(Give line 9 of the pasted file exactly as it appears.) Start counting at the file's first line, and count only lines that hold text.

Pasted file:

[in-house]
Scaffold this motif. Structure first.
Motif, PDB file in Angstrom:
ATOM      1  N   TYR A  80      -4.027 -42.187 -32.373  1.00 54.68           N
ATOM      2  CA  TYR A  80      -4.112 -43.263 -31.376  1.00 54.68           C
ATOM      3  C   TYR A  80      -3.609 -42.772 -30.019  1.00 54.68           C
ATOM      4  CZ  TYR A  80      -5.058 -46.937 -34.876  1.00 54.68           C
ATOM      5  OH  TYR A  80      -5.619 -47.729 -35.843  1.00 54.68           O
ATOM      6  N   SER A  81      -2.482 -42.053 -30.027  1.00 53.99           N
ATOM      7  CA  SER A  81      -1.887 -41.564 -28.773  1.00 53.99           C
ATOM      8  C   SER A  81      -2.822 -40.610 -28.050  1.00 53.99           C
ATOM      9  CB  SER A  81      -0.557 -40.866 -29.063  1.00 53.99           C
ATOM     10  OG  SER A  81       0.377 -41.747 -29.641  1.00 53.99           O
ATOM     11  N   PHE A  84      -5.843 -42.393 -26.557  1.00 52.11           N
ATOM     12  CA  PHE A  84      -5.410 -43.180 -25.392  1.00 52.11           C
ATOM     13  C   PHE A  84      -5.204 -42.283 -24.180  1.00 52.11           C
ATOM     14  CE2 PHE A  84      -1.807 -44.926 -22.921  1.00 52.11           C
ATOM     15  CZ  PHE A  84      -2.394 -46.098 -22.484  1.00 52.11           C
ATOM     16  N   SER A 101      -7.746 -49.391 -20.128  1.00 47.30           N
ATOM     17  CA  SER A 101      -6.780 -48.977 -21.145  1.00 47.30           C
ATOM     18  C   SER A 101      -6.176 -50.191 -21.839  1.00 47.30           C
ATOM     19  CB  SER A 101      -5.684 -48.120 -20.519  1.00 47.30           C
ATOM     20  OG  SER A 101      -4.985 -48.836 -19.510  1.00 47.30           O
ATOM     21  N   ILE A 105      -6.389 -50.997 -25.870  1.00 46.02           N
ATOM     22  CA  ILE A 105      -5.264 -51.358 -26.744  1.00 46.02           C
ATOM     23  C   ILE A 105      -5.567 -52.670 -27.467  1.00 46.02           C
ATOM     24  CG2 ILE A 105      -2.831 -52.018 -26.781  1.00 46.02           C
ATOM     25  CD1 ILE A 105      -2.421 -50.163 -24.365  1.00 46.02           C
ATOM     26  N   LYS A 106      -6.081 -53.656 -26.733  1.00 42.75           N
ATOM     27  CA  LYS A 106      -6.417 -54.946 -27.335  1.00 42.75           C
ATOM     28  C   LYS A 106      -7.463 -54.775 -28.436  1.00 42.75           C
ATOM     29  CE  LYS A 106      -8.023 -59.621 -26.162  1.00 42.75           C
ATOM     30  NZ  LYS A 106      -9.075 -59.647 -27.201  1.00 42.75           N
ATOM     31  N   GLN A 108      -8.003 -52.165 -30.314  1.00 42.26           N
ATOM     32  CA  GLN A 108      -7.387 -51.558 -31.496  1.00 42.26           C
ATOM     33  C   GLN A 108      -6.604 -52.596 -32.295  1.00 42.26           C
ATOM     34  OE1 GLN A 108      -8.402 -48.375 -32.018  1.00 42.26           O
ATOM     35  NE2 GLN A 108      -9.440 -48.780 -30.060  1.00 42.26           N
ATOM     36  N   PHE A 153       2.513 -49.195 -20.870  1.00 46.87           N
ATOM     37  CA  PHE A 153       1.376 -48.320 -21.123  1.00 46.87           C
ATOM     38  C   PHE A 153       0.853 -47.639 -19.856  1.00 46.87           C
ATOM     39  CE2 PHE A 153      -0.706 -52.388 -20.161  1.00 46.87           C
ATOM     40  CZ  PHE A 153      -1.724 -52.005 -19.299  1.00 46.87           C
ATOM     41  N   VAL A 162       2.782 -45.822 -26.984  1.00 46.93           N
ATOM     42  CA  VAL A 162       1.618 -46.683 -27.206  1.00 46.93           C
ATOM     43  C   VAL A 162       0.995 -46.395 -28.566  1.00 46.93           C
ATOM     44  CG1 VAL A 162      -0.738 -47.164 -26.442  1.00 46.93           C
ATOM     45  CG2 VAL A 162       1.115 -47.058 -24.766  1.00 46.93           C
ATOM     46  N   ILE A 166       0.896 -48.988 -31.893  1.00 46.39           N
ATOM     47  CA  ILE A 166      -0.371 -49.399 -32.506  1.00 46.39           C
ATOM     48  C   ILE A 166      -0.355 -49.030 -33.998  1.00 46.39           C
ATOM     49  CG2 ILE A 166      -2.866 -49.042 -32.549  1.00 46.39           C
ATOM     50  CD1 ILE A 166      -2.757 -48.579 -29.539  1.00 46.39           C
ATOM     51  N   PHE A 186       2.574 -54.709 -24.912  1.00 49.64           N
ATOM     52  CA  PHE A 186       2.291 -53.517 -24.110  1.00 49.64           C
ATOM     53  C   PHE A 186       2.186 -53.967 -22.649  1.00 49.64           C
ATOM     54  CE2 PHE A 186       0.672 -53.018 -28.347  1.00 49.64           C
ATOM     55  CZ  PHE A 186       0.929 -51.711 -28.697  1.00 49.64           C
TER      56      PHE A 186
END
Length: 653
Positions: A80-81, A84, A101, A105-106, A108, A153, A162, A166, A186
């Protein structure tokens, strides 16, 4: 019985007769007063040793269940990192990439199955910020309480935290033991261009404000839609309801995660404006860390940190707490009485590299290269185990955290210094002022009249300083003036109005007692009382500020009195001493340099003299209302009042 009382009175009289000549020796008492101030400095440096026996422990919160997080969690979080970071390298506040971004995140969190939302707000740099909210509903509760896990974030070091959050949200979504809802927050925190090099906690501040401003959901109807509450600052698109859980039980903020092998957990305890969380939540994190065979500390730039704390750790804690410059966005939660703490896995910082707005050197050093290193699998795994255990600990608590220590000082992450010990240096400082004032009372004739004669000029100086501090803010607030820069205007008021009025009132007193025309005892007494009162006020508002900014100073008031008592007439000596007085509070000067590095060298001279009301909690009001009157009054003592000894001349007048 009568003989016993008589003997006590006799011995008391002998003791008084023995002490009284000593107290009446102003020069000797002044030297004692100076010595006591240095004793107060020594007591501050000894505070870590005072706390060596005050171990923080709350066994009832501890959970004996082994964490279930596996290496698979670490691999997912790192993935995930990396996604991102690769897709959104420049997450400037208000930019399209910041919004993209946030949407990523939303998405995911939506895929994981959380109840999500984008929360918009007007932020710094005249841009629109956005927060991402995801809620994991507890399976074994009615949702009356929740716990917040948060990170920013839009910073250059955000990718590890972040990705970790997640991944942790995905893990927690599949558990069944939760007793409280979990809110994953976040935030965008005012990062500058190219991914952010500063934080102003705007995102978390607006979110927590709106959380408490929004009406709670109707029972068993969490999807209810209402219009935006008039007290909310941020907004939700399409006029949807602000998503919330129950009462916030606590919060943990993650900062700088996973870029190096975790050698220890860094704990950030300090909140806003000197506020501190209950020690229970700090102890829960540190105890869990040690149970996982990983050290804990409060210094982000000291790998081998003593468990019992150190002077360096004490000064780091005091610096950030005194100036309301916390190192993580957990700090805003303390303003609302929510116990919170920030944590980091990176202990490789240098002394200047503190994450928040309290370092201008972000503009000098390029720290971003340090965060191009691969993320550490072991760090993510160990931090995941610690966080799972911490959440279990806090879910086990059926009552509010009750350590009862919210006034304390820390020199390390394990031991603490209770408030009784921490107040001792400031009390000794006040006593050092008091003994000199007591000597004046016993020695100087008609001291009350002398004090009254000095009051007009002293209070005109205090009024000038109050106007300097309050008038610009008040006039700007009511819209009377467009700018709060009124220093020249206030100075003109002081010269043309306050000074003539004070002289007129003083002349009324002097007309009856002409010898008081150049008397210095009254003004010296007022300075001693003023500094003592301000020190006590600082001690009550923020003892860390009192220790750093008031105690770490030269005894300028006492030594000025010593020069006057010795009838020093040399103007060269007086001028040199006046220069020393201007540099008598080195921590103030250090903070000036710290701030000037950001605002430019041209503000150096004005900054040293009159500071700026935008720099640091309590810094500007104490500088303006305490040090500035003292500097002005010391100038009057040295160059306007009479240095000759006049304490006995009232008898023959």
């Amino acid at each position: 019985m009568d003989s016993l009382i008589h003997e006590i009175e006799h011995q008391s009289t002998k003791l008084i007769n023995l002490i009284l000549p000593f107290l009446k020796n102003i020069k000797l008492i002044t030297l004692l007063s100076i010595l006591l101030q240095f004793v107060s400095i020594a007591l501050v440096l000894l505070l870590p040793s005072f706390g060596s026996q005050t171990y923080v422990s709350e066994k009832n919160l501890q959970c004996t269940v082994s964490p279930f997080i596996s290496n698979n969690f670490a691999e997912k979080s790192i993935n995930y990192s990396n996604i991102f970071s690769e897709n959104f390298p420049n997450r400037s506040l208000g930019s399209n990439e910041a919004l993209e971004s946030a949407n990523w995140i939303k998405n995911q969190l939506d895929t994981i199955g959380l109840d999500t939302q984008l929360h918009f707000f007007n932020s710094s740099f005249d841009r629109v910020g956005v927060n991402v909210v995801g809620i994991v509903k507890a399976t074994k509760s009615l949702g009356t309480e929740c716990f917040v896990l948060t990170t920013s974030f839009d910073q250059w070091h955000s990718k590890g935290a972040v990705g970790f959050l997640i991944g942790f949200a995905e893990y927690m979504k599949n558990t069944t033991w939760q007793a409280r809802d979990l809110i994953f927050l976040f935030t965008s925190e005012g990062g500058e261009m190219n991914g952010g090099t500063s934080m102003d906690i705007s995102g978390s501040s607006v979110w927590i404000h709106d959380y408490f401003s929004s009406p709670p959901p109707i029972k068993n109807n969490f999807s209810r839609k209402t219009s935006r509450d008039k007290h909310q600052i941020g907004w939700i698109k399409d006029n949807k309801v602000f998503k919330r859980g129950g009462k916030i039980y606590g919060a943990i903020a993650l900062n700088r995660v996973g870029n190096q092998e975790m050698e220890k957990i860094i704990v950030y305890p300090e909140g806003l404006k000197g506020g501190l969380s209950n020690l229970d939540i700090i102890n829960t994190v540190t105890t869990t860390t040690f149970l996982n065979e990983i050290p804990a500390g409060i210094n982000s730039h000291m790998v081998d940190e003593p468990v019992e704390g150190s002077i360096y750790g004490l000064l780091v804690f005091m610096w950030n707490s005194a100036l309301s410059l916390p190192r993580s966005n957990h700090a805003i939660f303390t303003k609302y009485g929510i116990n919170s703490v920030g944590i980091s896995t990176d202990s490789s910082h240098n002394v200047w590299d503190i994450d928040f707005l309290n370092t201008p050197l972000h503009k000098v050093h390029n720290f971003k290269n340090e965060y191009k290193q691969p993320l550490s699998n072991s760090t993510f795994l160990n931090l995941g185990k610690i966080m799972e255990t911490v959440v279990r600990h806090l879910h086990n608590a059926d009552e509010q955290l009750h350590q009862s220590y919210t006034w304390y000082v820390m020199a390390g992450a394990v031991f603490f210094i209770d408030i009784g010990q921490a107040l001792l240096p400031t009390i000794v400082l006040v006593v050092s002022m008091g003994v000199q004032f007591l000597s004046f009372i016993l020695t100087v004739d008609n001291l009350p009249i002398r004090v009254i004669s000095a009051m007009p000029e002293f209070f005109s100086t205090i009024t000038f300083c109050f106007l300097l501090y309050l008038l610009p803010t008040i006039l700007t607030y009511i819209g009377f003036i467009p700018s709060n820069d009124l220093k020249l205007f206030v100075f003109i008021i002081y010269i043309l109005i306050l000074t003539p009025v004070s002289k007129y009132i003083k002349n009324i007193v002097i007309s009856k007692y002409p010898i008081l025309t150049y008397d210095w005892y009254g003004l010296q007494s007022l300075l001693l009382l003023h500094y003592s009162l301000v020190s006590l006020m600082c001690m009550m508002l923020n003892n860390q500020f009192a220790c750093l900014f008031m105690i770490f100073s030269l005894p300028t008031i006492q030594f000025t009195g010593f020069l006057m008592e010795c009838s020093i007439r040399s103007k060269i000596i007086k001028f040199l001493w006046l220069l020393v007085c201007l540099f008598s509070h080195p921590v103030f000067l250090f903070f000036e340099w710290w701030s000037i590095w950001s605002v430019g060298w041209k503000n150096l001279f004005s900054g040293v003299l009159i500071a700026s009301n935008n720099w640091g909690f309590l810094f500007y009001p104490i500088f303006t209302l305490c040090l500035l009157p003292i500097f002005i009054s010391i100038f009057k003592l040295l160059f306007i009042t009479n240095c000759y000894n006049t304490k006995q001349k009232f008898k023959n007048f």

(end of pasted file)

ATOM      6  N   SER A  81      -2.482 -42.053 -30.027  1.00 53.99           N